On September 11, 2001 I was stunned, like every other American. I didn't know what was going on or what to do. I felt compelled to give students a voice. This true story was published in Chicken Soup for the Soul, The Spirit of America, 2016
The Feelings Flag by Linda O'Connell
I stood in my living room and cringed at the sight of the first plane hitting the first tower. I did not realize the horror had only just begun. As I drove to school I listened intently to the reports. Then, I heard that another plane had crashed.
I was as shocked and stunned as every other adult in my school. No one was sure what was going on. Teachers were asking one another, "Did you hear about the plane crashes in NY? Is America under attack?"
It was like a punch in the gut, beyond our comprehension. Everyone felt winded, worried, and wounded.
My preschool classroom was in the lower level of an inner city middle school. What I remember most is the panicked young man in the hall who shouted at me, "America is at war!"
"Calm down," I said. "Don't jump to conclusions. Nobody knows for sure what's going on. This does not mean war."
They insisted they saw it on TV and that military jets were intercepting other planes.
I walked into my classroom and watched as my students went about their school day, unaware of the attacks. My aide was capable, so I left her in charge.
I felt compelled to do something patriotic to relieve
the mounting tension and confusion the middle school students were feeling,
although I was not in charge of any of them. I cut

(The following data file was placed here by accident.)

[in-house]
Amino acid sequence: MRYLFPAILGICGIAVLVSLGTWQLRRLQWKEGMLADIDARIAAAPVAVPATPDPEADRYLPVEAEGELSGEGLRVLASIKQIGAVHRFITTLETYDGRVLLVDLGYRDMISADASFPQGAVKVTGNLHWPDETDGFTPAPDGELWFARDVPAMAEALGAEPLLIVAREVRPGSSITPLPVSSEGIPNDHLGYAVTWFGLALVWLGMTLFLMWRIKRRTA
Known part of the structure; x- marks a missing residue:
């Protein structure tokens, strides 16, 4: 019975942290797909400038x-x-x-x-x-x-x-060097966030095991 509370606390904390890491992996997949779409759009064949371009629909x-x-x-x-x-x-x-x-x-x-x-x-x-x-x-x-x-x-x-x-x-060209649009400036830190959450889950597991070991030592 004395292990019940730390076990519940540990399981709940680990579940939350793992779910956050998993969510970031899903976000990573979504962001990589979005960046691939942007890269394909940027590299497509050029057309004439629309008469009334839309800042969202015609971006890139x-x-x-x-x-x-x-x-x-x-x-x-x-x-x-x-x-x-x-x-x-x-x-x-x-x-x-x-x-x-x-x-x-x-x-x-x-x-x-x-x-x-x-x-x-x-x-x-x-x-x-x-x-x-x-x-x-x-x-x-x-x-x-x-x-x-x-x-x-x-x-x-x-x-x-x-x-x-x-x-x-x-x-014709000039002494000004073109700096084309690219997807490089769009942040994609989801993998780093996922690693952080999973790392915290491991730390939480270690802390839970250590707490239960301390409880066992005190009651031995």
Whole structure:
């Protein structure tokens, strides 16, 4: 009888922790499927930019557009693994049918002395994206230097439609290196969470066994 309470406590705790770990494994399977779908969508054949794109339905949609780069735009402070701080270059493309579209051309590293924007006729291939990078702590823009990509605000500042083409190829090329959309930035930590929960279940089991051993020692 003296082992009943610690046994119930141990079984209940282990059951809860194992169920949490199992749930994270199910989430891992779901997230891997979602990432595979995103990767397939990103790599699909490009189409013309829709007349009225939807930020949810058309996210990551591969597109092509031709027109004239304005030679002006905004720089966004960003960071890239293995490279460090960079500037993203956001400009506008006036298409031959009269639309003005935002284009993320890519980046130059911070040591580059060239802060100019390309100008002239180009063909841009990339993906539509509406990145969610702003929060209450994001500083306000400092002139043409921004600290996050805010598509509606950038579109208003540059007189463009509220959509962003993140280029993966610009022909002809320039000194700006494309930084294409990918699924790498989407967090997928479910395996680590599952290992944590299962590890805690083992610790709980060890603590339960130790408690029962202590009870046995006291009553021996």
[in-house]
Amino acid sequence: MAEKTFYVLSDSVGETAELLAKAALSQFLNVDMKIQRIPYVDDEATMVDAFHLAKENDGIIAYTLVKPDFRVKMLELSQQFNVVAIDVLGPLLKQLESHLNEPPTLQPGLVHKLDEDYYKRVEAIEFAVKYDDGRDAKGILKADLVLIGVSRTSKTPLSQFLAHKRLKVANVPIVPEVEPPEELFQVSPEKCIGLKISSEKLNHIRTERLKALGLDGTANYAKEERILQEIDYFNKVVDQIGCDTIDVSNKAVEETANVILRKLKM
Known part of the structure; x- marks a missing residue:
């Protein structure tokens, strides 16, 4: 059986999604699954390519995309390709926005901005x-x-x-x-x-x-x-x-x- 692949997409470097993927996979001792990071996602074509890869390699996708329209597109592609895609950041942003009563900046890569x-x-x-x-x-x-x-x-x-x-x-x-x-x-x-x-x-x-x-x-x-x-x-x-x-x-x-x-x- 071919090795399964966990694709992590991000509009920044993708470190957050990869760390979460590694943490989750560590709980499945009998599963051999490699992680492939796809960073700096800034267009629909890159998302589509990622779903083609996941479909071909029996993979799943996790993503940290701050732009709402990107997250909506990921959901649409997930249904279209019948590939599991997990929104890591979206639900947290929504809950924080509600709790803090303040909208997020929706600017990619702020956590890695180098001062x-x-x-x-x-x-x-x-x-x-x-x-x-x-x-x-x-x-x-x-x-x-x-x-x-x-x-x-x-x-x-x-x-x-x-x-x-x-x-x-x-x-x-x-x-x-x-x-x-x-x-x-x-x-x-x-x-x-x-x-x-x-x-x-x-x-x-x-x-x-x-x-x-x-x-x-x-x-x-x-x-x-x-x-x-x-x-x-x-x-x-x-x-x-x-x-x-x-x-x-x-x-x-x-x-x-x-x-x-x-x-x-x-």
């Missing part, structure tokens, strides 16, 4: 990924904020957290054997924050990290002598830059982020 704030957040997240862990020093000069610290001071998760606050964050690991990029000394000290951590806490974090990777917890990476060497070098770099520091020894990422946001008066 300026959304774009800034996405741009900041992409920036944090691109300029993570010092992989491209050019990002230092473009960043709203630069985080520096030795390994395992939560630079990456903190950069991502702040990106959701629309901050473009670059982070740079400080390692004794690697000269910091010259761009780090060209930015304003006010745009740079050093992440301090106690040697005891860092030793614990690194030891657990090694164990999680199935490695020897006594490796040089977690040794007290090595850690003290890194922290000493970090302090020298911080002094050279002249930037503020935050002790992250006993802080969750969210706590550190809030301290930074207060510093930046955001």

twelve-inch by two-inch strips of red, white and blue construction paper strips, the kinds kids use to create paper chains. I did not consult the principal or counselor. I acted on impulse. I visited each classroom and intruded on classroom teachers. I asked each if I might have a moment, then I said, "Nobody knows exactly what is going on. We've all heard rumors and news reports. It's a frightening time for all of us."
I passed out strips of paper to the students and asked them to write what they were feeling at the moment. Any fears, any words— anything would be acceptable. Some asked about spelling, and some asked if they should sign it.
"If you want to," I said.
I collected more than 200 strips and rolled them into loops, then I stapled them to the bulletin board in the cafeteria. I read an outpouring of emotional comments. "I am afraid." "I want to kick their butts." "Bomb them." "Why did this happen?" "What now?" "I want to go home."
I posted one after another, row after row, until an American flag took shape. Some of the comments were laced with misspelled words and profanity; some were smeared with tears. I did not censor. I rolled each into a loop and stapled every single one. I stood back and gazed at our"feelings flag".
At lunch I stood against the wall and observed teens and preteens, who were usually destructive with bulletin board displays, as they searched for their piece of that flag. I listened to them read their words aloud, owning their emotions, giving voice to their fears and frustrations, initiating conversations.
On that horrible day, when America came under attack, I didn't know if my actions would do any good. It just felt good to do something. My friend Tammy said, “With that spontaneous action, you gave children a voice when no one knew what to say."
The bulletin board flag stayed up for more than a week. Then the strips began disappearing as individuals claimed their sections... and their feelings.
(Thank you for reading my story.)